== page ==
You would think the Liberals would take advantage of such a lazy and inefficient budget from Harper’s government. After all, like many Commons votes this year, both the NDP and Bloc Québécois will vote against the government. The Liberals could easily vote against this budget, triggering a spring election. So why don’t they? Liberal leader Stéphane Dion claims that the Conservative budget doesn’t challenge the current government. Dion fails to see that this is exactly why the Conservatives provided such a lacklustre budget to begin with.

What about the recently passed crime bill, which secures a minimum sentence for gun-related crimes, and the debate over the mission in Afghanistan? Both are excellent reasons to challenge the Conservative government. The Liberal party, also known as the official opposition, is failing at its most important task. Maybe they have forgotten the responsibilities that the position entails.

The Liberals should be ashamed of themselves. In refusing to oppose this budget, they have forfeited their reputation as a financially responsible and authoritative government. They have lost the respect of many Canadians for accepting a Conservative budget that fails to significantly increase funding for environmental projects—something the Liberals have claimed as a high priority.

Allegations that the Conservatives attempted to bribe independent British Columbia MP Chuck Cadman in 2005, and that Prime Minister Stephen Harper was aware of it, has prompted demands that the RCMP investigate the matter. The Liberals are once again discussing the possibility of a spring election.

We’ve heard this posturing before. More and more, Dion appears to be all talk and no action. It all depends on whether the Liberal leader sees bribery of a politician (an offence under the Criminal Code) as worthy enough to oppose the current government. The Liberals should consider finding a new leader if they ever hope to sustain the support of Canadians.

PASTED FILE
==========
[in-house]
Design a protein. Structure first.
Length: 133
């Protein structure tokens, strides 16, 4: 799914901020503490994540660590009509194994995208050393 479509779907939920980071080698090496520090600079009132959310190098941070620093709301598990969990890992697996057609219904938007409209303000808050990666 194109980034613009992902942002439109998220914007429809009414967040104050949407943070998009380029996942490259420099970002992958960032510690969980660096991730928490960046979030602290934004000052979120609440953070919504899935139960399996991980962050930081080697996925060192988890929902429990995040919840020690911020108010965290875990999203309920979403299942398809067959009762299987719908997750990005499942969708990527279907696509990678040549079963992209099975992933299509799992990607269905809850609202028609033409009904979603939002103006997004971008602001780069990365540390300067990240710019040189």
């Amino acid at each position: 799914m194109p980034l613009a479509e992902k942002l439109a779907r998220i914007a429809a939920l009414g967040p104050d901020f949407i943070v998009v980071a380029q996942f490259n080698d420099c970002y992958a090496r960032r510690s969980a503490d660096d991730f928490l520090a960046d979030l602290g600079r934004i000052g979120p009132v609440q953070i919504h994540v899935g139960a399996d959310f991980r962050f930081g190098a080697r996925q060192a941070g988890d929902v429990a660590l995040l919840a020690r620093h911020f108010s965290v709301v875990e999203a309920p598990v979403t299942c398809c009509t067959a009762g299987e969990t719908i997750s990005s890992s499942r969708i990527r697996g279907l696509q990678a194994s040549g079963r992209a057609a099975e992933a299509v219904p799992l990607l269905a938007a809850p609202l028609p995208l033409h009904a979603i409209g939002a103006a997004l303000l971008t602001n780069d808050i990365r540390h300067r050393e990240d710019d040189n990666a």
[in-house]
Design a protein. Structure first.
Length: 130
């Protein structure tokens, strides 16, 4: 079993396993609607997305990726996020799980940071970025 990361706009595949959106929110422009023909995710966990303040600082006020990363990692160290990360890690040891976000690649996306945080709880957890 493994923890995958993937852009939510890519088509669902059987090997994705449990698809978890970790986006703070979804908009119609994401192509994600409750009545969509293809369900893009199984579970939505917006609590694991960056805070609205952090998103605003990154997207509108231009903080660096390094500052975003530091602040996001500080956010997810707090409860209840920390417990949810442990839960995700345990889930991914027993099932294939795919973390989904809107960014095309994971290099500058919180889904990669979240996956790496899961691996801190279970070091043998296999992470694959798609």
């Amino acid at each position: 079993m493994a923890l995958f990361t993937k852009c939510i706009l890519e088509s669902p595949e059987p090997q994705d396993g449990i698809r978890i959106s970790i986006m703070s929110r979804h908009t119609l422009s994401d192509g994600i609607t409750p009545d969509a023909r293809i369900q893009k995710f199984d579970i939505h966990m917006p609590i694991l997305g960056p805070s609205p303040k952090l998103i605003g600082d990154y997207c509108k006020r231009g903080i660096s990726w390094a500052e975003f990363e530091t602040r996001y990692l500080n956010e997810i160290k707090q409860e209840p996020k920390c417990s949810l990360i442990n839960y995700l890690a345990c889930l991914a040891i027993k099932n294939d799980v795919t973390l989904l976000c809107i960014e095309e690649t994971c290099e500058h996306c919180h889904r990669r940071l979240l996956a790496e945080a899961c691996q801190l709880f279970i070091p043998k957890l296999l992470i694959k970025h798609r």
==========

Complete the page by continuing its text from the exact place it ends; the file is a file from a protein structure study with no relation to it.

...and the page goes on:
When sub-atomic worlds collide

The final portion of the ATLAS particle detector was put in place in the ground beneath the Swiss-French border this past Friday. The detector is expected to measure muons from particle collisions in the Large Haron Collider. The collisions studied are supposed to recreate the conditions that existed shortly after the Big Bang. The underground particle path of the LHC is 17 miles in diameter. Construction began in 1994 and the project involves over 10,000 scientists from all around the world. The LHC is expected to begin operating in mid-2008.

Making good use of that sunny Arizona weather

Renewable energy is becoming more desirable than ever. Solar power plants are now used worldwide as a means to generate clean, “green” electricity. In an effort to increase these resources, the Arizona Public Service Company has partnered with Abengoa Solar to build one of the largest solar power plants in the world.

“APS is committed to making Arizona the solar capital of the world, bringing affordable renewable energy to all our customers,” said APS president Don Brandt. “The Arizona Corporation Commission has challenged Arizona utilities to be leaders in renewable energy, and we are responding aggressively.”

Aptly named after the Spanish word for “sunny place,” the Solana Generating Station will be a 280- megawatt concentrating solar power plant when completed. However, concentrating solar power works differently from the more widely known method of photovoltaic cells to trap the sun’s energy. Photovoltaic cells, better known as solar panels, use the sun’s light to create electricity. Concentrating solar power, by contrast, employs the sun’s heat. In CSP, parabolic trough reflectors are attached to computer-controlled motors to track the sun’s path throughout the day. The reflectors are made of mirrors that focus the sunlight onto receiving tubes located along the trough’s focal line. These contain a heat transfer fluid that reaches approximately 400 degrees Celsius when heated by the sun’s rays. The heated fluid converts water into steam, which then creates electricity by turning the power plant’s turbines.